Learning Linocutting

Tools of the trade

I started learning about linocut a little while ago.

From Wikipeda: “Linocut is a printmaking technique, a variant of woodcut in which a sheet of linoleum (sometimes mounted on a wooden block) is used for the relief surface. A design is cut into the linoleum surface with a sharp knife, V-shaped chisel or gouge, with the raised (uncarved) areas representing a reversal (mirror image) of the parts to show printed. The linoleum sheet is inked with a roller (called a brayer), and then impressed onto paper or fabric. The actual printing can be done by hand or with a press.”  I found  great easy-cut linocut sheets at the art store.  They are softer than the sheet I first learned with.  Because they are softer though, its harder to get the amount of details you can get from tougher linoleum sheets.  The easy-cut sheets are also a little more expensive, but my less-cut-up fingers are thankful for this invention.

Before I took a class on linocutting, I tried to get the look of blockprinting without the tools.  It turned out okay, but it didn’t look as neat as the linocut does. I’ve been trying to find different materials to print with.  As a lesson for my students, we looked at printing, and created prints of our own.  Since linocut is not for people under the age of 12, we used styrofoam meat trays and a ball point pen as a stylus.  It was a good substitute, and the kids enjoyed it.  I still use Styrofoam for some prints, especially if I don’t want to keep the stamp I’ve made.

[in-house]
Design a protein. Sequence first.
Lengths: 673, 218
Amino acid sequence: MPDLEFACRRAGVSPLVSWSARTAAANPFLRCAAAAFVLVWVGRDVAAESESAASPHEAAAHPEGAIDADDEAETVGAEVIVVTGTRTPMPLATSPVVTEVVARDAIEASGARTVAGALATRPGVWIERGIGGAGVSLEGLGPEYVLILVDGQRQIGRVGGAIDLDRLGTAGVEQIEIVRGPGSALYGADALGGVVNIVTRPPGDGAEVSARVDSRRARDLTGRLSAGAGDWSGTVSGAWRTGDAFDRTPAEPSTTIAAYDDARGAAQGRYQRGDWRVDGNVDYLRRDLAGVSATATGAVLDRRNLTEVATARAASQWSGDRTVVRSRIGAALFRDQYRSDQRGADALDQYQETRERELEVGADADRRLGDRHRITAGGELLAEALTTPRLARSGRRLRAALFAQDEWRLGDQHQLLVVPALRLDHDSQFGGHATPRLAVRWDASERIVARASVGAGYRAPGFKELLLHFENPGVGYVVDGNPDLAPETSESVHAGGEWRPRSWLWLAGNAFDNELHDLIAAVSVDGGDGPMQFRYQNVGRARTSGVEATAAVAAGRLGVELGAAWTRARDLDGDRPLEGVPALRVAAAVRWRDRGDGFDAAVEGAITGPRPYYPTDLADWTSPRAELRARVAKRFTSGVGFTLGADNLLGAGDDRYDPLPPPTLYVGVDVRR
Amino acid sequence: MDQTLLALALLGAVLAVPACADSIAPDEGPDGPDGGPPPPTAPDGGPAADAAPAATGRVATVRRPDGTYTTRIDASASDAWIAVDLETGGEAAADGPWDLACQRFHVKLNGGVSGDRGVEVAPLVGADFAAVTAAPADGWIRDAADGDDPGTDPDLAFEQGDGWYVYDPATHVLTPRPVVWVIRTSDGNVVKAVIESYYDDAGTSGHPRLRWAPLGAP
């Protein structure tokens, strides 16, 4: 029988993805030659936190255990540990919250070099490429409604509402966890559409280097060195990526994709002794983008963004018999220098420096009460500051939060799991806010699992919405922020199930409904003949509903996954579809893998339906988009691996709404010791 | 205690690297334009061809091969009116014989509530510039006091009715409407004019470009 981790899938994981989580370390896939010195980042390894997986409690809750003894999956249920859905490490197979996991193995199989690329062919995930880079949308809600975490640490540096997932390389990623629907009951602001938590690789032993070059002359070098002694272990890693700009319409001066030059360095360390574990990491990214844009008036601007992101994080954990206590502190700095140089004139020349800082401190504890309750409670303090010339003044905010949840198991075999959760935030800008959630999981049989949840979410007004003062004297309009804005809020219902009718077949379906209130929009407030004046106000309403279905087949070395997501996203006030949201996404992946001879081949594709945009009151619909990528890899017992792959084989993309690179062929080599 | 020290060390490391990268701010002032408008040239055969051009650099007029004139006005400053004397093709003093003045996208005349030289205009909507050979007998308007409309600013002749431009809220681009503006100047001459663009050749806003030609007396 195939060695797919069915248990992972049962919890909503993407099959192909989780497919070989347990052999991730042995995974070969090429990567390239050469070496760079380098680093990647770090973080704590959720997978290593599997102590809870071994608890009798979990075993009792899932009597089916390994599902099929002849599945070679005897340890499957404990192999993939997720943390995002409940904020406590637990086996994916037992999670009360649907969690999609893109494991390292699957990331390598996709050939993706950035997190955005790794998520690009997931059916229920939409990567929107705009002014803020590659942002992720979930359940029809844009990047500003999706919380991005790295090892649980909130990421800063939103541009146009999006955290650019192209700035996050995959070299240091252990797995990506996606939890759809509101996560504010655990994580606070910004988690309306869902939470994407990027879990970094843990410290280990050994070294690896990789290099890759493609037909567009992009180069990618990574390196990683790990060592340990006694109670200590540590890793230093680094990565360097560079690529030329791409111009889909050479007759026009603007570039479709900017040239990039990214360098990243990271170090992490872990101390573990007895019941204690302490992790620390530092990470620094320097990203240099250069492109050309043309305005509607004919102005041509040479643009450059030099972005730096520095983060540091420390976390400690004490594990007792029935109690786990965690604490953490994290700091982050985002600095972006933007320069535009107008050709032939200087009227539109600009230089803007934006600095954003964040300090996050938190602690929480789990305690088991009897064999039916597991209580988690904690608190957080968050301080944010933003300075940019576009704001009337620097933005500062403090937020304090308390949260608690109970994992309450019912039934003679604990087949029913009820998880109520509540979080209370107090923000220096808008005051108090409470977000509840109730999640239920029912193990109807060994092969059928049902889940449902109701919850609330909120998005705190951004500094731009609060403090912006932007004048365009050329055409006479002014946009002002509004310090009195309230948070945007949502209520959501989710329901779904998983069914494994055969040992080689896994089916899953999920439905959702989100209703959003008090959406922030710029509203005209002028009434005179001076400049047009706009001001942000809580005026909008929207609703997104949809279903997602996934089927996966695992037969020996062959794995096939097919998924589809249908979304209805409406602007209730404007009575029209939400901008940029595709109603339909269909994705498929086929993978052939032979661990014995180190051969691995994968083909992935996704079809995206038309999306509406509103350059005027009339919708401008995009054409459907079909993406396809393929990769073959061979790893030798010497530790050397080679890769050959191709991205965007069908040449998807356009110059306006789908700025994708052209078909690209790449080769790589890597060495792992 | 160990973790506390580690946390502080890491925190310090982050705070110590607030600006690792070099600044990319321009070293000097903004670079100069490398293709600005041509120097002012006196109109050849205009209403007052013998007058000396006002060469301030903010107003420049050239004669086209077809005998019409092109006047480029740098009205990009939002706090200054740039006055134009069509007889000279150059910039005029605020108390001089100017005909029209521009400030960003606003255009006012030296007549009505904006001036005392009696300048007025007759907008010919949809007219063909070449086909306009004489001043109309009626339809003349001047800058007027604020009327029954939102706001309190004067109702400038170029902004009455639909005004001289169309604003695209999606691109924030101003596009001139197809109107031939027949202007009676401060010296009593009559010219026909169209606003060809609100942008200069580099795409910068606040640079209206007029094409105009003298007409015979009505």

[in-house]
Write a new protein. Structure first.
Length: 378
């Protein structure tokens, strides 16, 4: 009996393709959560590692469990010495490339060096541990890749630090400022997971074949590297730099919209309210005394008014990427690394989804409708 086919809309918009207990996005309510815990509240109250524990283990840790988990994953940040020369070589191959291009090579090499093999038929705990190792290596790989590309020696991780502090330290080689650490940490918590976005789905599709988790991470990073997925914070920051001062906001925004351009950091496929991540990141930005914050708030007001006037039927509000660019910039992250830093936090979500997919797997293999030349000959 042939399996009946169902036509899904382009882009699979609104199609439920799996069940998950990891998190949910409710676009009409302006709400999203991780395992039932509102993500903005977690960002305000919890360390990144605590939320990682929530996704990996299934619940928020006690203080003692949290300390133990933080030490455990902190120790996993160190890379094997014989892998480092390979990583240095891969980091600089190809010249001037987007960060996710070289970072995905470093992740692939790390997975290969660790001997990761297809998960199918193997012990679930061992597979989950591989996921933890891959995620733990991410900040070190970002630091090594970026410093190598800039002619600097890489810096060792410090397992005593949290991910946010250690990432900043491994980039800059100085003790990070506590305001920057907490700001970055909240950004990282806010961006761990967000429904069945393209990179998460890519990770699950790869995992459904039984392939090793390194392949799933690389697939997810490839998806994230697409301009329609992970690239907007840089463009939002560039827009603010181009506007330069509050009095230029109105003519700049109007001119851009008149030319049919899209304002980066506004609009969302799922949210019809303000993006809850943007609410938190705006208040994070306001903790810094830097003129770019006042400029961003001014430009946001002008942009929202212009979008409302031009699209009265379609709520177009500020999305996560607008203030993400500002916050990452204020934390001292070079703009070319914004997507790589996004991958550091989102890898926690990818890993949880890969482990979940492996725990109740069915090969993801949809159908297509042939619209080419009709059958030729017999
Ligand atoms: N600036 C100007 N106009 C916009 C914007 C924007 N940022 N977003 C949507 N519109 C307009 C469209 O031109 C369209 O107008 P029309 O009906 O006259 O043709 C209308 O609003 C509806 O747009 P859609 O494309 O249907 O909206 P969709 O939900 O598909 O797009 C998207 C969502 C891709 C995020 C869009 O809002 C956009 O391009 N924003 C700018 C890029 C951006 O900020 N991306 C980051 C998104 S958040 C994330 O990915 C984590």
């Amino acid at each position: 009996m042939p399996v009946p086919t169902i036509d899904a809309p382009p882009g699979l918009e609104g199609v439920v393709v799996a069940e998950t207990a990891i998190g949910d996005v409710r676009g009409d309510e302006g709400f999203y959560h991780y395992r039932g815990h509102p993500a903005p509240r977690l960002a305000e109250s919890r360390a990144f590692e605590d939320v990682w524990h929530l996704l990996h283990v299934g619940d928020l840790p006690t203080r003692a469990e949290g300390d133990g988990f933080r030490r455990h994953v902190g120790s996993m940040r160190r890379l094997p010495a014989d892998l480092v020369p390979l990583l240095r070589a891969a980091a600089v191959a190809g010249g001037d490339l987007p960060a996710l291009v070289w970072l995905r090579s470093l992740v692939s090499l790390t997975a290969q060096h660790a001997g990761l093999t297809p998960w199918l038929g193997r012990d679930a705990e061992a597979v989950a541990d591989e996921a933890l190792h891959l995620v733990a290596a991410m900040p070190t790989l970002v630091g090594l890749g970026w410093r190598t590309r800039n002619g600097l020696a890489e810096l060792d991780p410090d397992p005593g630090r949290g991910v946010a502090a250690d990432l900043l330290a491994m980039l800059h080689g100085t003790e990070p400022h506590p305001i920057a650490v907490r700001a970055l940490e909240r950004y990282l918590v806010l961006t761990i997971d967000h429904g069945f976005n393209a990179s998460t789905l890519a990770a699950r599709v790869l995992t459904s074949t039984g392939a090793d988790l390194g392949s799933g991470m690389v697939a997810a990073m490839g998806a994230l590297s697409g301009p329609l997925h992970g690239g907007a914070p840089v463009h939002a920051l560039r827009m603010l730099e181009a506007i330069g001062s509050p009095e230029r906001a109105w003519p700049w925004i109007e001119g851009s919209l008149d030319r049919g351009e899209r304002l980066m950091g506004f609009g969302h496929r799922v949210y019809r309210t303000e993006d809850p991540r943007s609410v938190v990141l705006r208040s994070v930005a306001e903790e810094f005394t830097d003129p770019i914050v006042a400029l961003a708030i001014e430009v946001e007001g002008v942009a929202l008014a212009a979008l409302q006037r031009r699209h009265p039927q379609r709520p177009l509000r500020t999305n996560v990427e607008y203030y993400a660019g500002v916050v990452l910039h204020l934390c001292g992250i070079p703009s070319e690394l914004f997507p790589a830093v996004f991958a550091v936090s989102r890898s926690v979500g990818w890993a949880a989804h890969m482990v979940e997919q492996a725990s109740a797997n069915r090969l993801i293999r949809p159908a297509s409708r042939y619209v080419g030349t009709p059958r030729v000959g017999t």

I enjoy cutting lino though.  There’s something about carving into a blank square and creating a picture out of it.  Cutting the block is kind of a zen thing for me.  I zone out, and can spend hours just cutting stamps.  I love the rough look of a print.

I use linocut in a lot in my mixed media work.  I created a tutorial about blockprinting, its located in the tutorials page, or you can click here.

I hope you give it a try.